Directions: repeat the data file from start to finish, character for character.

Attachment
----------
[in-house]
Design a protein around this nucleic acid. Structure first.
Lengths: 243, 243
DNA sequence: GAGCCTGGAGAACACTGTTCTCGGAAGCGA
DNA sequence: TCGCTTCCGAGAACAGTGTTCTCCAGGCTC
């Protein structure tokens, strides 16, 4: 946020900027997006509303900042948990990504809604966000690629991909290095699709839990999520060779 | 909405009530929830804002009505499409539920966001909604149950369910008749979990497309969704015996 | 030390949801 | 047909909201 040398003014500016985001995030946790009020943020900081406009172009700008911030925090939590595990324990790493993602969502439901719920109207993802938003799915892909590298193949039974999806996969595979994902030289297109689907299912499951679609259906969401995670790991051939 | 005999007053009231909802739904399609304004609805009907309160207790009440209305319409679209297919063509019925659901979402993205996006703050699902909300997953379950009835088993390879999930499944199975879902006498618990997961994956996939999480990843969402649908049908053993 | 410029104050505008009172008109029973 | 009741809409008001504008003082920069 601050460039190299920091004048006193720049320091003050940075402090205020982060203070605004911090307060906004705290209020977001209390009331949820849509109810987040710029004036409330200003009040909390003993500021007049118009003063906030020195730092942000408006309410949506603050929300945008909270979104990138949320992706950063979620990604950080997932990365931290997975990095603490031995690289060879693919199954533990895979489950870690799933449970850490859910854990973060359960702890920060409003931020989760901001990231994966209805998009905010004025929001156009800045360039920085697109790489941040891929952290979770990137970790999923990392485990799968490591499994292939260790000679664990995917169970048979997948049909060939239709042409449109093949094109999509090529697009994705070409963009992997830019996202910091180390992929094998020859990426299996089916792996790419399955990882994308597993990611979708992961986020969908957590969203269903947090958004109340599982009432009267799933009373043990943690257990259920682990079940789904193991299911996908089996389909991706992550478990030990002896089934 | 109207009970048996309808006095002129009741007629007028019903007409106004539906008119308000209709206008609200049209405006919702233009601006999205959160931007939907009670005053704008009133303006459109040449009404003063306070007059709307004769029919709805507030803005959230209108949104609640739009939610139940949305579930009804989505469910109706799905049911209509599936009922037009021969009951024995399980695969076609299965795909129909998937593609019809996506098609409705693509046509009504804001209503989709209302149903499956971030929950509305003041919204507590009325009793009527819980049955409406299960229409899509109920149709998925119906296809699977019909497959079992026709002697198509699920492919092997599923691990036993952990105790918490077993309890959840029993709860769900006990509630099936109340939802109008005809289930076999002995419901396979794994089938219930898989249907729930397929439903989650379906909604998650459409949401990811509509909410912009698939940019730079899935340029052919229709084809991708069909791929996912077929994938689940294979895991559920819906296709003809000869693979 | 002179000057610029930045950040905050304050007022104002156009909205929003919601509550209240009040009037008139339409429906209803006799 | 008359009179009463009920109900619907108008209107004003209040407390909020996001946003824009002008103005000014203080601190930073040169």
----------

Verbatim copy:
[in-house]
Design a protein around this nucleic acid. Structure first.
Lengths: 243, 243
DNA sequence: GAGCCTGGAGAACACTGTTCTCGGAAGCGA
DNA sequence: TCGCTTCCGAGAACAGTGTTCTCCAGGCTC
């Protein structure tokens, strides 16, 4: 946020900027997006509303900042948990990504809604966000690629991909290095699709839990999520060779 | 909405009530929830804002009505499409539920966001909604149950369910008749979990497309969704015996 | 030390949801 | 047909909201 040398003014500016985001995030946790009020943020900081406009172009700008911030925090939590595990324990790493993602969502439901719920109207993802938003799915892909590298193949039974999806996969595979994902030289297109689907299912499951679609259906969401995670790991051939 | 005999007053009231909802739904399609304004609805009907309160207790009440209305319409679209297919063509019925659901979402993205996006703050699902909300997953379950009835088993390879999930499944199975879902006498618990997961994956996939999480990843969402649908049908053993 | 410029104050505008009172008109029973 | 009741809409008001504008003082920069 601050460039190299920091004048006193720049320091003050940075402090205020982060203070605004911090307060906004705290209020977001209390009331949820849509109810987040710029004036409330200003009040909390003993500021007049118009003063906030020195730092942000408006309410949506603050929300945008909270979104990138949320992706950063979620990604950080997932990365931290997975990095603490031995690289060879693919199954533990895979489950870690799933449970850490859910854990973060359960702890920060409003931020989760901001990231994966209805998009905010004025929001156009800045360039920085697109790489941040891929952290979770990137970790999923990392485990799968490591499994292939260790000679664990995917169970048979997948049909060939239709042409449109093949094109999509090529697009994705070409963009992997830019996202910091180390992929094998020859990426299996089916792996790419399955990882994308597993990611979708992961986020969908957590969203269903947090958004109340599982009432009267799933009373043990943690257990259920682990079940789904193991299911996908089996389909991706992550478990030990002896089934 | 109207009970048996309808006095002129009741007629007028019903007409106004539906008119308000209709206008609200049209405006919702233009601006999205959160931007939907009670005053704008009133303006459109040449009404003063306070007059709307004769029919709805507030803005959230209108949104609640739009939610139940949305579930009804989505469910109706799905049911209509599936009922037009021969009951024995399980695969076609299965795909129909998937593609019809996506098609409705693509046509009504804001209503989709209302149903499956971030929950509305003041919204507590009325009793009527819980049955409406299960229409899509109920149709998925119906296809699977019909497959079992026709002697198509699920492919092997599923691990036993952990105790918490077993309890959840029993709860769900006990509630099936109340939802109008005809289930076999002995419901396979794994089938219930898989249907729930397929439903989650379906909604998650459409949401990811509509909410912009698939940019730079899935340029052919229709084809991708069909791929996912077929994938689940294979895991559920819906296709003809000869693979 | 002179000057610029930045950040905050304050007022104002156009909205929003919601509550209240009040009037008139339409429906209803006799 | 008359009179009463009920109900619907108008209107004003209040407390909020996001946003824009002008103005000014203080601190930073040169």